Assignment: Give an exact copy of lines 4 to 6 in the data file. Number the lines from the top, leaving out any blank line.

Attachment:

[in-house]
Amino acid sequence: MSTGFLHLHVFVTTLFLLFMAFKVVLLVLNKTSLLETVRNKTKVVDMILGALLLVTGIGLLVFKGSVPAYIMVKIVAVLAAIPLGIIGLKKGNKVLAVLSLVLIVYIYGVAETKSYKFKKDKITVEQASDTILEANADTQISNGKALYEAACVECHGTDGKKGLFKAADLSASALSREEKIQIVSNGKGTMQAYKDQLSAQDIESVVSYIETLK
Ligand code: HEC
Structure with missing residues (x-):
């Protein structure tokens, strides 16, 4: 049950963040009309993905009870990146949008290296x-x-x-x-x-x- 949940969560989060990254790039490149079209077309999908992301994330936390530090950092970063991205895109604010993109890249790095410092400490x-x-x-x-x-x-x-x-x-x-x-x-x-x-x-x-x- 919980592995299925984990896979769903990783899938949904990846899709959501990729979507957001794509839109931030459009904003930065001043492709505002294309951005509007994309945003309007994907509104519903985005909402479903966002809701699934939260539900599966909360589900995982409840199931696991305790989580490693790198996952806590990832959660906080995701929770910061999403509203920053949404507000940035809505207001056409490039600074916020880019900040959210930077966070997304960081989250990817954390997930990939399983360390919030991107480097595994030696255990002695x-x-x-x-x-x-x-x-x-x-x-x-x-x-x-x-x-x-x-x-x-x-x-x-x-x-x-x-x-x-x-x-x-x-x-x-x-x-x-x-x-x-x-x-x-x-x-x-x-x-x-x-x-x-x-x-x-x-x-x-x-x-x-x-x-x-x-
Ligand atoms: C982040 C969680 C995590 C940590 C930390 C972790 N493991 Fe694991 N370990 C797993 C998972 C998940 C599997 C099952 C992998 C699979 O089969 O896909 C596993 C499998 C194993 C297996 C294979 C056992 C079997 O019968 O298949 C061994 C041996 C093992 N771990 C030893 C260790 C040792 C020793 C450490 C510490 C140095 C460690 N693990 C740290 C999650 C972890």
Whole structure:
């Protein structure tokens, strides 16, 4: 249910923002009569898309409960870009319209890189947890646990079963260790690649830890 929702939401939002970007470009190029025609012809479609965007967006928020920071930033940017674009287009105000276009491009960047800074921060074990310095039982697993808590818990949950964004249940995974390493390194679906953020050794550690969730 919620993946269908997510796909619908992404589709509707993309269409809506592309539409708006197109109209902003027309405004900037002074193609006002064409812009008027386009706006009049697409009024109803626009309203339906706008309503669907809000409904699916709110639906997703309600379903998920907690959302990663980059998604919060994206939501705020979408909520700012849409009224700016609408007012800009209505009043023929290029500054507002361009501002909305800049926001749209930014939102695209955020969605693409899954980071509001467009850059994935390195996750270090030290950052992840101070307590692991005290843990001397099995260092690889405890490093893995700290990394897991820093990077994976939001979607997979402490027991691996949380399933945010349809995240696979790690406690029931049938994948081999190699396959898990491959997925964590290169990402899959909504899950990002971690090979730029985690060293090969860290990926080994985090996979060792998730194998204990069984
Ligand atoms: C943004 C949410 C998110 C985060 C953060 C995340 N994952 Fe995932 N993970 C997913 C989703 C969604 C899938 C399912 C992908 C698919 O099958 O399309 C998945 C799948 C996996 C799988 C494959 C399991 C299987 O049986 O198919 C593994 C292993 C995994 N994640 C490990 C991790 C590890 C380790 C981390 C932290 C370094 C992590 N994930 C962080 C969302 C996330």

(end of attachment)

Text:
Structure with missing residues (x-):
């Protein structure tokens, strides 16, 4: 049950963040009309993905009870990146949008290296x-x-x-x-x-x- 949940969560989060990254790039490149079209077309999908992301994330936390530090950092970063991205895109604010993109890249790095410092400490x-x-x-x-x-x-x-x-x-x-x-x-x-x-x-x-x- 919980592995299925984990896979769903990783899938949904990846899709959501990729979507957001794509839109931030459009904003930065001043492709505002294309951005509007994309945003309007994907509104519903985005909402479903966002809701699934939260539900599966909360589900995982409840199931696991305790989580490693790198996952806590990832959660906080995701929770910061999403509203920053949404507000940035809505207001056409490039600074916020880019900040959210930077966070997304960081989250990817954390997930990939399983360390919030991107480097595994030696255990002695x-x-x-x-x-x-x-x-x-x-x-x-x-x-x-x-x-x-x-x-x-x-x-x-x-x-x-x-x-x-x-x-x-x-x-x-x-x-x-x-x-x-x-x-x-x-x-x-x-x-x-x-x-x-x-x-x-x-x-x-x-x-x-x-x-x-x-
Ligand atoms: C982040 C969680 C995590 C940590 C930390 C972790 N493991 Fe694991 N370990 C797993 C998972 C998940 C599997 C099952 C992998 C699979 O089969 O896909 C596993 C499998 C194993 C297996 C294979 C056992 C079997 O019968 O298949 C061994 C041996 C093992 N771990 C030893 C260790 C040792 C020793 C450490 C510490 C140095 C460690 N693990 C740290 C999650 C972890």